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Quality of Life: VATS vs. Thoracotomy

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Numerous studies show that the higher a lung cancer patient's Quality of Life, the longer his/her Survival Rate (See http://www.lungevity.org/l_community/viewtopic.php?t=37598).

A recent study shows further that the postoperative Quality of Life is higher for NSCLC patients who undergo a lobectomy by VATS than by thoractomy:

Abstract: Prospective comparison of postoperative quality of life (QOL) in patients undergoing lobectomy by video-assisted thoracic surgery (VATS) versus thoracotomy for non-small cell lung cancer (NSCLC). Sub-category: Local-Regional Therapy Category: Lung Cancer--Local-Regional and Adjuvant Therapy. Meeting: 2008 ASCO Annual Meeting. Abstract No: 7543. Citation: J Clin Oncol 26: 2008 (May 20 suppl; abstr 7543). Author(s): B. J. Park, N. M. Ishill, R. M. Flores, C. T. Gawiak, R. Shen, N. Rizk, M. S. Bains, R. J. Downey, J. Ostroff, J. Burkhalter, V. W. Rusch

Background: VATS lobectomy in early stage NSCLC is thought to have benefits over thoracotomy with regard to postoperative recovery and QOL, but prospective comparative data is lacking.

Methods: A prospective, non-randomized trial was performed comparing postoperative QOL in patients undergoing lobectomy for pathologic stage I NSCLC either by VATS or thoracotomy. Validated patient-reported measures were administered pre- and postoperatively. Comparison of categorical variables was done by Fisher's exact test, continuous data by Wilcoxon's test, and QOL differences using ANOVA models adjusting for stage and baseline scores.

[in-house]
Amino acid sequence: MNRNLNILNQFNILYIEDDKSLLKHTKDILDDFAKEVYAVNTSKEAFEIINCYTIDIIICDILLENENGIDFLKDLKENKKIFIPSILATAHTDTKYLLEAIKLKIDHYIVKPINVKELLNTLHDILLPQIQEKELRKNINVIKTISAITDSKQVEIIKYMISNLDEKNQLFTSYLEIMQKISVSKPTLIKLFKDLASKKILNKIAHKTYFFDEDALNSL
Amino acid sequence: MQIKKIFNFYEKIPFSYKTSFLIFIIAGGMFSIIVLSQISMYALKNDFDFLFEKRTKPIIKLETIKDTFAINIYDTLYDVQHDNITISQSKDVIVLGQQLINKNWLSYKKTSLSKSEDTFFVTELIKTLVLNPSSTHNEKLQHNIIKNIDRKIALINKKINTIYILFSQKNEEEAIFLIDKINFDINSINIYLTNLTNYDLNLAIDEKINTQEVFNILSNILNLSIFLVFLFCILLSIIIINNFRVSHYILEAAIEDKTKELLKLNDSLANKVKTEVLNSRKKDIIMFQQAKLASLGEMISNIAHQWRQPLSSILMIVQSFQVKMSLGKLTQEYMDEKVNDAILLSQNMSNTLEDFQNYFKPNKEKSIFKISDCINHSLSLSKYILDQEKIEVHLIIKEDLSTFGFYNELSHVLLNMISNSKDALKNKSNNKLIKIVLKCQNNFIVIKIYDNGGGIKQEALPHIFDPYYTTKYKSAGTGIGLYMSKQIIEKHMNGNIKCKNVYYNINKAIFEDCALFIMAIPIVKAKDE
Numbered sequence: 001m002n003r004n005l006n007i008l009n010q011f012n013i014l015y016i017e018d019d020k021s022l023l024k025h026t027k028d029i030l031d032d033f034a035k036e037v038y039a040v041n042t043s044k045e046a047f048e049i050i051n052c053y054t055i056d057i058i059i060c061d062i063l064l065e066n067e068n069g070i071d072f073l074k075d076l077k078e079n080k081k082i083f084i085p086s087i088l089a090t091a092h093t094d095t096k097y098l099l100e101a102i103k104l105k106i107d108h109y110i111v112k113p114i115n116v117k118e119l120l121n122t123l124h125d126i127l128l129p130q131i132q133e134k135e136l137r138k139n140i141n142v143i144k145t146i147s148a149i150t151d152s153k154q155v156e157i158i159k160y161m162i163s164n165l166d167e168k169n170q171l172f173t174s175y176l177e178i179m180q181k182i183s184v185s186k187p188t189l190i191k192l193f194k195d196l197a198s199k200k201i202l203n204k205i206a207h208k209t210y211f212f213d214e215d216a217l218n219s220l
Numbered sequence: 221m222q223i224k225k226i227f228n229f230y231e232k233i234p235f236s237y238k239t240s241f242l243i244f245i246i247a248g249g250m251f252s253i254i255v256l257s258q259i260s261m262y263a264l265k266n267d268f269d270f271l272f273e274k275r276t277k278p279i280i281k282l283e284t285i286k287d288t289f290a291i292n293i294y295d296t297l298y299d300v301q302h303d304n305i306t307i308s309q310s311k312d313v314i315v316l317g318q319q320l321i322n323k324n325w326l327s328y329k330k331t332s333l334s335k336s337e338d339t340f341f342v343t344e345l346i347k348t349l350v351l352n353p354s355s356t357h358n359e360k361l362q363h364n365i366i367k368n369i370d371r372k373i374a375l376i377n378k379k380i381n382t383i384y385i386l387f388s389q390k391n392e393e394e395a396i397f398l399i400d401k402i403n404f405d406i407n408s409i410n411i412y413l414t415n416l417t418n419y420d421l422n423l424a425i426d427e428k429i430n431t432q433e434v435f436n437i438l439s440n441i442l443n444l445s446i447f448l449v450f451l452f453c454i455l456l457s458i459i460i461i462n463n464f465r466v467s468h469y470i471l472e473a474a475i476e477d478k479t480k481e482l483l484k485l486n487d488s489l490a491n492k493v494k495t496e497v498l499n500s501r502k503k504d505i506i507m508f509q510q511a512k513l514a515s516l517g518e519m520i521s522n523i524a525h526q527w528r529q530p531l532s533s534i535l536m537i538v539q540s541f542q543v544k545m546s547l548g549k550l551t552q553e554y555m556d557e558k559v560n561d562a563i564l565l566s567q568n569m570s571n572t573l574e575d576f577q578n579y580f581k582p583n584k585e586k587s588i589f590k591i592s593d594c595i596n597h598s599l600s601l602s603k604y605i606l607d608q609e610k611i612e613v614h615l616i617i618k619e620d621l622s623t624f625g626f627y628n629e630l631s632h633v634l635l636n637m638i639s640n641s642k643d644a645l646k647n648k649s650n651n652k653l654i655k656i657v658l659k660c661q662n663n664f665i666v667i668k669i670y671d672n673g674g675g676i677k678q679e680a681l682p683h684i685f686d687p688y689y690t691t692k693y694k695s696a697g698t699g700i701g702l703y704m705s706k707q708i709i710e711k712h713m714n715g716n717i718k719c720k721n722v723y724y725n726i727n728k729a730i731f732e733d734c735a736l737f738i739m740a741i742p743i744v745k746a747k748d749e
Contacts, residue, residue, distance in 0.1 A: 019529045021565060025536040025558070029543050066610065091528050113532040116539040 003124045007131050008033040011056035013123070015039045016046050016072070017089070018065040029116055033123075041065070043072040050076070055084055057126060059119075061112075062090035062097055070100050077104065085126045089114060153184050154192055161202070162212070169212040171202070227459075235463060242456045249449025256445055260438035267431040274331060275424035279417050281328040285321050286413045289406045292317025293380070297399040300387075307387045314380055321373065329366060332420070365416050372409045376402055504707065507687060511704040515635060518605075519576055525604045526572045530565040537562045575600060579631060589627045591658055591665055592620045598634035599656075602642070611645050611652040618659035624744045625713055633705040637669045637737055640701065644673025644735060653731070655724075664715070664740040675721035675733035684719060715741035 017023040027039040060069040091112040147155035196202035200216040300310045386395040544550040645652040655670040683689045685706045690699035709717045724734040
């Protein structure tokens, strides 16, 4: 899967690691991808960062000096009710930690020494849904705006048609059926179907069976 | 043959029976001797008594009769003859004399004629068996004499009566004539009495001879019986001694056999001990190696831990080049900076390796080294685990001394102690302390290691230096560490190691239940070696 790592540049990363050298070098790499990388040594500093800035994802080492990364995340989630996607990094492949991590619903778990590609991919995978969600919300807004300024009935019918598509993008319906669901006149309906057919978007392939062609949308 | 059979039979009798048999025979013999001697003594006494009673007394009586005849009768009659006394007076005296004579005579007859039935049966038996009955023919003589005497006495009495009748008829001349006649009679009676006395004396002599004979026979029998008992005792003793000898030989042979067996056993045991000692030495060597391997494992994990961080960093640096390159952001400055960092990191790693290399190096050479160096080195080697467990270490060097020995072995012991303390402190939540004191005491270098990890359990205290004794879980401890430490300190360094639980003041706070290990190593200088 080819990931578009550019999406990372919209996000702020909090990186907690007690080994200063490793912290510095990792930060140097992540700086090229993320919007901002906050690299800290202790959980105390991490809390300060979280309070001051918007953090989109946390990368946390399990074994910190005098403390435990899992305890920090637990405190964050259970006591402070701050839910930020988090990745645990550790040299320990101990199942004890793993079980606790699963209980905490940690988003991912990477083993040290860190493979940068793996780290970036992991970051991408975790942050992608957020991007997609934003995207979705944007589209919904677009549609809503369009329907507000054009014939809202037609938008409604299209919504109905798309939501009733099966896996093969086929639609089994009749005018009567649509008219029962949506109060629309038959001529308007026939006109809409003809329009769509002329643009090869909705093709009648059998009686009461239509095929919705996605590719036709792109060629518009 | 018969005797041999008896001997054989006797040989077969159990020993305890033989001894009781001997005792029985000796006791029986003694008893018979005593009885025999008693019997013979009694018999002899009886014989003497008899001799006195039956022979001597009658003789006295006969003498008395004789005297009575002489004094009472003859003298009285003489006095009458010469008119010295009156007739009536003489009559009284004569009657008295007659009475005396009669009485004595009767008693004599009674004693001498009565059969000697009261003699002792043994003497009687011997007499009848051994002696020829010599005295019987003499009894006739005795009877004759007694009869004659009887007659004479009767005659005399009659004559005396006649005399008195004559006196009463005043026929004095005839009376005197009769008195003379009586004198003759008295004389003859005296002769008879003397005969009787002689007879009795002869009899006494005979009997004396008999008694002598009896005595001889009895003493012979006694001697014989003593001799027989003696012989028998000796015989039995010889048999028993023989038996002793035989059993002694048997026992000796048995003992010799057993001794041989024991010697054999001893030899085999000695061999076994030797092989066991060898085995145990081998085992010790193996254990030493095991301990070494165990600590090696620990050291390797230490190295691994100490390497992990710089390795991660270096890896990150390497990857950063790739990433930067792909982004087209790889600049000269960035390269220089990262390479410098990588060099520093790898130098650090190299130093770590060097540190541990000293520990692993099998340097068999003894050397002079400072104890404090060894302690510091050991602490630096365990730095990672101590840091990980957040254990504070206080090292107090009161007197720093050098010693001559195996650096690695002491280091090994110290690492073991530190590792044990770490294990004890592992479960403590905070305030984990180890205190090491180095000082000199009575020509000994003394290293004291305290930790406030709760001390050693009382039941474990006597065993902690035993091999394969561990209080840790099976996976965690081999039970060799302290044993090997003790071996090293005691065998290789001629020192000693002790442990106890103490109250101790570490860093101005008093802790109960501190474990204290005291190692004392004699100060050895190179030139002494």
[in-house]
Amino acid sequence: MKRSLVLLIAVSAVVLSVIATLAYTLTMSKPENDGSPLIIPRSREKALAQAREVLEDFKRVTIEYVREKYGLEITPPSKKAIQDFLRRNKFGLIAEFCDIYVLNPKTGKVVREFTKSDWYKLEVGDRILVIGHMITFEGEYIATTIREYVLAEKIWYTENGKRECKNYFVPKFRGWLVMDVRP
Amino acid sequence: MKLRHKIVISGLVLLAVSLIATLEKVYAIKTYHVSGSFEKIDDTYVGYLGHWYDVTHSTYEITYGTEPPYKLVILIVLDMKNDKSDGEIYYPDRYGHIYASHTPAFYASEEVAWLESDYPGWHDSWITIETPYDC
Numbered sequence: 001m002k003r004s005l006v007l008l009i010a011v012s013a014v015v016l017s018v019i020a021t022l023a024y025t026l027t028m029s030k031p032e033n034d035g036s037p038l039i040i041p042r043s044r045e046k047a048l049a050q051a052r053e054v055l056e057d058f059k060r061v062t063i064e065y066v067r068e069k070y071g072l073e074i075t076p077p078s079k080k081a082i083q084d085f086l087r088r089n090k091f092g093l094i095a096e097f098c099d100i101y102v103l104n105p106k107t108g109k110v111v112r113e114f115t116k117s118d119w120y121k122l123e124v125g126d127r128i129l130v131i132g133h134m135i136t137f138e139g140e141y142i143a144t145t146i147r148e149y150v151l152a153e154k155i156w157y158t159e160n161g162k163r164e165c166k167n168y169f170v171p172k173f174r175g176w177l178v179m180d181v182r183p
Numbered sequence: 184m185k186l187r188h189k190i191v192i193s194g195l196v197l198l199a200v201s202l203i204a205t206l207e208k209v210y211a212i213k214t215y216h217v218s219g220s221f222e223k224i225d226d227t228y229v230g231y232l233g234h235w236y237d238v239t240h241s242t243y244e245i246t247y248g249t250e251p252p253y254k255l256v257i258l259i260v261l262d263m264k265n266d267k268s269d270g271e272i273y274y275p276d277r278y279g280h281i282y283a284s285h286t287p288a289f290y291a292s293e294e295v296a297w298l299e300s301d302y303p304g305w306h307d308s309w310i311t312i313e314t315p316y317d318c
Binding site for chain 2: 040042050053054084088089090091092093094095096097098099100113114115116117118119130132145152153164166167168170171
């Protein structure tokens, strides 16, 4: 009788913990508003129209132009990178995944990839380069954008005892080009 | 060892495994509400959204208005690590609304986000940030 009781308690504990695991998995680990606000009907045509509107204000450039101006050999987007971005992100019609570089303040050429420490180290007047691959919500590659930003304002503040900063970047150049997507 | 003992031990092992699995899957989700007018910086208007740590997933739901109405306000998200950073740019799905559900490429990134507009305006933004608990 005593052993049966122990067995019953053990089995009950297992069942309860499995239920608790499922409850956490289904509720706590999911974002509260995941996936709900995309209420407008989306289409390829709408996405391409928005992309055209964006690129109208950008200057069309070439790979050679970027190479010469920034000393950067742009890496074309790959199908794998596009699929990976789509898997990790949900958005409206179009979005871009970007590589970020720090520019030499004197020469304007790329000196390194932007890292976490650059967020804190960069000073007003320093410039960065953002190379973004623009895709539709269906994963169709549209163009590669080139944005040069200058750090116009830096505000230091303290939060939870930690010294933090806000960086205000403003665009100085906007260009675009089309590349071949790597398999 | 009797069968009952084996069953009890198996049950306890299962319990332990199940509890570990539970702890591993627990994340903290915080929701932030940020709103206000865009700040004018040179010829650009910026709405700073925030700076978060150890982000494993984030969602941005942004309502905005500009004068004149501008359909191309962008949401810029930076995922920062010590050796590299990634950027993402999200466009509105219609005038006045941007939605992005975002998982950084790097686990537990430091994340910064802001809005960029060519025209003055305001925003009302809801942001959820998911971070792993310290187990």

Results: There were 129 eligible patients (62 thoracotomy, 67 VATS). There were no differences between groups with respect to gender distribution, age, preoperative lung function, or tumor size. There was a greater proportion of pathologic stage IB disease (53% versus 19%, p<0>90 compared to thoracotomy (68% versus 38%, p=0.02). In addition, VATS patients had improved outcomes with respect to dyspnea, fatigue and pain relative to baseline (Table). There were no differences in activities of daily living or global QOL as measured by MOS SF-36.

Conclusions: VATS for lobectomy in early stage NSCLC resulted in shorter length of stay and significant improvements in immediate postoperative performance status, dyspnea, fatigue and pain compared with thoracotomy.

Quality of Life Outcomes

Characteristic Thoracotomy Baseline/Thoracotomy Postoperative/VATS Baseline/VATS Postoperative/p-value

Baseline Dyspnea Index 4.8 ± 1.8/7.6 ± 2.1/4.7 ± 1.7/6.3 ± 1.9/0.002

Brief Fatigue Inventory 19.9 ± 21.9/38.3 ± 21.5/11.4 ± 15.7/24.8 ± 20.3/<0.0001

Brief Pain Inventory (BPI)-Severity 0.93 ± 1.4/2.8 ± 2.1/0.59 ± 1.3/1.6 ± 1.8/0.001

BPI-Interference 0.80 ± 1.6/2.8 ± 2.2/0.51 ± 1.0/1.2 ± 1.3/0.0002

Instrumental Activities of Daily Living 13.6 ± 0.8/12.1 ± 1.9/13.6 ± 1.2/12.4 ± 1.7/0.60

P-values computed using ANOVA models adjusted for stage and baseline scores.

Source: http://www.asco.org/ASCO/Abstracts+%26+Virtual+Meeting/Abstracts?&vmview=abst_detail_view&confID=55&abstractID=35809

Submitted by Carole

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